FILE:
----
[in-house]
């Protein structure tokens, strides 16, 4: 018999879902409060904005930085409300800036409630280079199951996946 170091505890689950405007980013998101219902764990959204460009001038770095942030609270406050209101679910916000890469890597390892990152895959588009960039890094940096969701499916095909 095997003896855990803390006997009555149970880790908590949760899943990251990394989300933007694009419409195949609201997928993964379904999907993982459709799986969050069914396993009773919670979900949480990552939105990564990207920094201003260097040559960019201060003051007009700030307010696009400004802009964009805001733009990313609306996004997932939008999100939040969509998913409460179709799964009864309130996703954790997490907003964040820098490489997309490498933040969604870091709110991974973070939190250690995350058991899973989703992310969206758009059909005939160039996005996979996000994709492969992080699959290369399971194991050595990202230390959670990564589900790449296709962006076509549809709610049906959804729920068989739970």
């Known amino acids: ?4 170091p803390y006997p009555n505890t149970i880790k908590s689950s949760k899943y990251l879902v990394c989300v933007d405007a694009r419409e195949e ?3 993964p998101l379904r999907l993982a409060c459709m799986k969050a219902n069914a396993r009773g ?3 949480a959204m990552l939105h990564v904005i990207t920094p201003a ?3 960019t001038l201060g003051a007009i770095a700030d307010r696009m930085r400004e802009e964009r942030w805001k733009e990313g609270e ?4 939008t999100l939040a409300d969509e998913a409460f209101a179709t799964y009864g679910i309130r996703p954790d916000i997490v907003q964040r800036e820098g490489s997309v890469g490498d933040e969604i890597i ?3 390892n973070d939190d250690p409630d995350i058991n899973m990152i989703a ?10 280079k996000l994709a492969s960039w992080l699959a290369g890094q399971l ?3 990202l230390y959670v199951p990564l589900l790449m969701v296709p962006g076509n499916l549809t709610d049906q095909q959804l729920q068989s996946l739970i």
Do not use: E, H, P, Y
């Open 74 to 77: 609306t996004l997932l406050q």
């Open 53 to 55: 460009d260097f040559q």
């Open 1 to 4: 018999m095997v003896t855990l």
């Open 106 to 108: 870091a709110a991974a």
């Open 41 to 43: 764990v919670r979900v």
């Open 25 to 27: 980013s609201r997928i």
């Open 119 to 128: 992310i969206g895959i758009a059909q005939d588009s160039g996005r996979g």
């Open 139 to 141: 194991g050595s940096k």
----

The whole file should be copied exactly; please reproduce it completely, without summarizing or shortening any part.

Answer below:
[in-house]
């Protein structure tokens, strides 16, 4: 018999879902409060904005930085409300800036409630280079199951996946 170091505890689950405007980013998101219902764990959204460009001038770095942030609270406050209101679910916000890469890597390892990152895959588009960039890094940096969701499916095909 095997003896855990803390006997009555149970880790908590949760899943990251990394989300933007694009419409195949609201997928993964379904999907993982459709799986969050069914396993009773919670979900949480990552939105990564990207920094201003260097040559960019201060003051007009700030307010696009400004802009964009805001733009990313609306996004997932939008999100939040969509998913409460179709799964009864309130996703954790997490907003964040820098490489997309490498933040969604870091709110991974973070939190250690995350058991899973989703992310969206758009059909005939160039996005996979996000994709492969992080699959290369399971194991050595990202230390959670990564589900790449296709962006076509549809709610049906959804729920068989739970």
């Known amino acids: ?4 170091p803390y006997p009555n505890t149970i880790k908590s689950s949760k899943y990251l879902v990394c989300v933007d405007a694009r419409e195949e ?3 993964p998101l379904r999907l993982a409060c459709m799986k969050a219902n069914a396993r009773g ?3 949480a959204m990552l939105h990564v904005i990207t920094p201003a ?3 960019t001038l201060g003051a007009i770095a700030d307010r696009m930085r400004e802009e964009r942030w805001k733009e990313g609270e ?4 939008t999100l939040a409300d969509e998913a409460f209101a179709t799964y009864g679910i309130r996703p954790d916000i997490v907003q964040r800036e820098g490489s997309v890469g490498d933040e969604i890597i ?3 390892n973070d939190d250690p409630d995350i058991n899973m990152i989703a ?10 280079k996000l994709a492969s960039w992080l699959a290369g890094q399971l ?3 990202l230390y959670v199951p990564l589900l790449m969701v296709p962006g076509n499916l549809t709610d049906q095909q959804l729920q068989s996946l739970i």
Do not use: E, H, P, Y
């Open 74 to 77: 609306t996004l997932l406050q």
């Open 53 to 55: 460009d260097f040559q």
């Open 1 to 4: 018999m095997v003896t855990l």
């Open 106 to 108: 870091a709110a991974a």
């Open 41 to 43: 764990v919670r979900v």
């Open 25 to 27: 980013s609201r997928i």
């Open 119 to 128: 992310i969206g895959i758009a059909q005939d588009s160039g996005r996979g």
């Open 139 to 141: 194991g050595s940096k």